Zdatny describes the hygiene revolution, also referred to by sociologist Norbert Elias as the “the process of civilization,” as focusing on three internal aspects of the "civilizing" process: “a historic makeover both of the way people treated their bodies and of sensibilities about what was tolerable and what was disgusting, which advanced in tandem with the material culture of scrubbed skin and tidy dwellings,” writes Zdatny. “Just as better plumbing made cleaner lives possible, a discomfort with old standards of propriety — because they were downright unpleasant or merely considered so by others — led people to invest the time and money it took to be less dirty.”

Change was fueled by three influential parts of society: churches, schools and the military. Religion linked personal hygiene to “notions of luxury and sensuousness” with church authorities considering the body “an instrument of sin” and worried that it would lead to “evil thoughts.” An 1865 education law called for “the care of bodily cleanliness” and required teachers to make sure students washed faces, necks, hands, and feet, and that hair was free of parasites and underwear was acceptably clean. The following rules were enforced: don't lick your fingers before you turn a page; don't pick your nose; don't scratch your pimples; and, above all, keep your mouth clean. The army of the Third Republic made itself “the agent of modern hygiene” establishing some small reforms in the 1850s, concluding that “dirt and ignorance made for bad soldiers.”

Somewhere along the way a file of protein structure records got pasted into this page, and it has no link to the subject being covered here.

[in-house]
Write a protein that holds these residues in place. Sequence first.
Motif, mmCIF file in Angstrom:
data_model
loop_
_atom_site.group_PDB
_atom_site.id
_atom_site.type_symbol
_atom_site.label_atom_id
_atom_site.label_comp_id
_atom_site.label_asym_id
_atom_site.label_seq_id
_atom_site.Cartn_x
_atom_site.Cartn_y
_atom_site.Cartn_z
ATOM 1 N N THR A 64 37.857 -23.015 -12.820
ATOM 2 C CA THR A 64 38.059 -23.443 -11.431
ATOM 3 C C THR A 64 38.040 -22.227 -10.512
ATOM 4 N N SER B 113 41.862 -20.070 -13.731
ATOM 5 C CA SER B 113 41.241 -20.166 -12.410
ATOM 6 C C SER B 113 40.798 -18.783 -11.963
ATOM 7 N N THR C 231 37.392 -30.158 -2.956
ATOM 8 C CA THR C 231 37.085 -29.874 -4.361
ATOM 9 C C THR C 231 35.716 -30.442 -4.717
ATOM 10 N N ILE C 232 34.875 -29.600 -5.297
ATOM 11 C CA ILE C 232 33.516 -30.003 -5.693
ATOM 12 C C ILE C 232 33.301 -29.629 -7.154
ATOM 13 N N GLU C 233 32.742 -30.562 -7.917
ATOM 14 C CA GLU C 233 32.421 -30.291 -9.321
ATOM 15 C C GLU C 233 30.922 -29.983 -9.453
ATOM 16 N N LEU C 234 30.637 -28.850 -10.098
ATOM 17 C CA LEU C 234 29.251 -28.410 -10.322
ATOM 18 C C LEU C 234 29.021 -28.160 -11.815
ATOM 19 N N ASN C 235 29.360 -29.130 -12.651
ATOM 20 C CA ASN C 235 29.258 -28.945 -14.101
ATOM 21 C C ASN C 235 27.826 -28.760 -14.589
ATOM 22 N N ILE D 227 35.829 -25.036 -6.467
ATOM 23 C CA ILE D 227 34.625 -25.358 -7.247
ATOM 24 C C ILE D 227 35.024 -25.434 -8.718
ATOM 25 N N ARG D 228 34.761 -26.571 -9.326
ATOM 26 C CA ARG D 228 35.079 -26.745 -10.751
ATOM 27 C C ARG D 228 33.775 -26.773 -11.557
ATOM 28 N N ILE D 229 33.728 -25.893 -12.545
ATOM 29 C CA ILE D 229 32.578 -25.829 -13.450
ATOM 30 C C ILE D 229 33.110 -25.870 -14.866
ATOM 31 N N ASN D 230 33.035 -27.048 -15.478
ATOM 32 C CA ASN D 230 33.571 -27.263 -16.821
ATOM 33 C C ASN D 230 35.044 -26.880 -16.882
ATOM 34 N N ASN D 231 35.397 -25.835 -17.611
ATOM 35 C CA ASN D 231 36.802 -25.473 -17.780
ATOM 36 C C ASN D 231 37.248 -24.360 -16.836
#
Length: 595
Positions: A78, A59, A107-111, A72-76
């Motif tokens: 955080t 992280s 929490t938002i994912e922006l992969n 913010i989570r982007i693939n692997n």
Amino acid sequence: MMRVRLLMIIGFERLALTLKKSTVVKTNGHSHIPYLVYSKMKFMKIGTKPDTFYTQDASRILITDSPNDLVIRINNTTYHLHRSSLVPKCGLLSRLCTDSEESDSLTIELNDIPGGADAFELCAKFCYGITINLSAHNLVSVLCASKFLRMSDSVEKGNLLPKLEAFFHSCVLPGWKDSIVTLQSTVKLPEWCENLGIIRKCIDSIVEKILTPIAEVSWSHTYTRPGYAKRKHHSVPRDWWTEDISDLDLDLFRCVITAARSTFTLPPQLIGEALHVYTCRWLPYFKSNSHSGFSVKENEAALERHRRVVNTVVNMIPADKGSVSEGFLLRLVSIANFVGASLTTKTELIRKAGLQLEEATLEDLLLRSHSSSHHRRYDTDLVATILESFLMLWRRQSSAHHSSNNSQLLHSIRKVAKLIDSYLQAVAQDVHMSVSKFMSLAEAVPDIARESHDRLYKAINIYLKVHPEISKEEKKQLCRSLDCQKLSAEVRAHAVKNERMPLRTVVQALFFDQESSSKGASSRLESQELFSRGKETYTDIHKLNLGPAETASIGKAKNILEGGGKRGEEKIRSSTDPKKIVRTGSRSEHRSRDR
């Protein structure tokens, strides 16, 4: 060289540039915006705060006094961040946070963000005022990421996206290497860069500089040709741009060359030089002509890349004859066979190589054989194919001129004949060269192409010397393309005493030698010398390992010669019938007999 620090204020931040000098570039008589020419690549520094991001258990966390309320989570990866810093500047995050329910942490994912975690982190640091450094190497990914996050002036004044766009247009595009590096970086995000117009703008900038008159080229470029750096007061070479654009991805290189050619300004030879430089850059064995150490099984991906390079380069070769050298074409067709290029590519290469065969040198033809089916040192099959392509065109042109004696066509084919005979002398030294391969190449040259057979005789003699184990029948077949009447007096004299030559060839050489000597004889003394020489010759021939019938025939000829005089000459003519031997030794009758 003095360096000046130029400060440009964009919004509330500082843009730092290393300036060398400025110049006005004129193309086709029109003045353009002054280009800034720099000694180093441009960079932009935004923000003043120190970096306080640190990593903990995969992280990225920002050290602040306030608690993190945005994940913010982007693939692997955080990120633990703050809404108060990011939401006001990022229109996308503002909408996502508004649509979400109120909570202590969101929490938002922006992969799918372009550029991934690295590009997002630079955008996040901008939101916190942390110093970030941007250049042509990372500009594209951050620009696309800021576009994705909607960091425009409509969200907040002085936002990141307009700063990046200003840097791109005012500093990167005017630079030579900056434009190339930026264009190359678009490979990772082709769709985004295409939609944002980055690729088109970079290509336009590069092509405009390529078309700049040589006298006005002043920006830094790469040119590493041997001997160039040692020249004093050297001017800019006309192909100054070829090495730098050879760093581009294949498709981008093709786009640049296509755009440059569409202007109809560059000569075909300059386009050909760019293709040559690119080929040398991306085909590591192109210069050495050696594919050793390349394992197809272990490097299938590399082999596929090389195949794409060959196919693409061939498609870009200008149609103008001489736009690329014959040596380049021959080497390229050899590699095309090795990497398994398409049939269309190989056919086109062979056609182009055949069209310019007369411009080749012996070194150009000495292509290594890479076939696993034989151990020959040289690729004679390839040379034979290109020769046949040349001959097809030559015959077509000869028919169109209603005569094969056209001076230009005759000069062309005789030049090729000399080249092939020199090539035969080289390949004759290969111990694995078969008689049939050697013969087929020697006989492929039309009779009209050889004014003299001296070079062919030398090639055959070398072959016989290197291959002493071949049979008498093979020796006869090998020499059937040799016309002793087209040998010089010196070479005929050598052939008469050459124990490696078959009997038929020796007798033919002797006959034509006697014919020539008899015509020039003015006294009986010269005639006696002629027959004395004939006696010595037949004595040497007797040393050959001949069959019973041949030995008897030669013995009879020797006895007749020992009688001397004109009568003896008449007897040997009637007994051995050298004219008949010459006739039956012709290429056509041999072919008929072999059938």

The process of cleanliness in France lagged behind that of the English or the Germans, partly due to infrastructure, Zdatny notes. Some towns and regions did not see public water and sewage facilities until after World War II. A 1951 U.N. report on the proportion of lodgings equipped with bathrooms ranked France -- at just six percent -- far behind countries like Switzerland and Germany. A housing boom in the years that followed provided more plumbing and updated ammenities, and between 1950 and 1960, households increased their spending on refrigerators and washing machines tenfold, while spending on children's clothes, perfumes, soap and other related products continued to climb.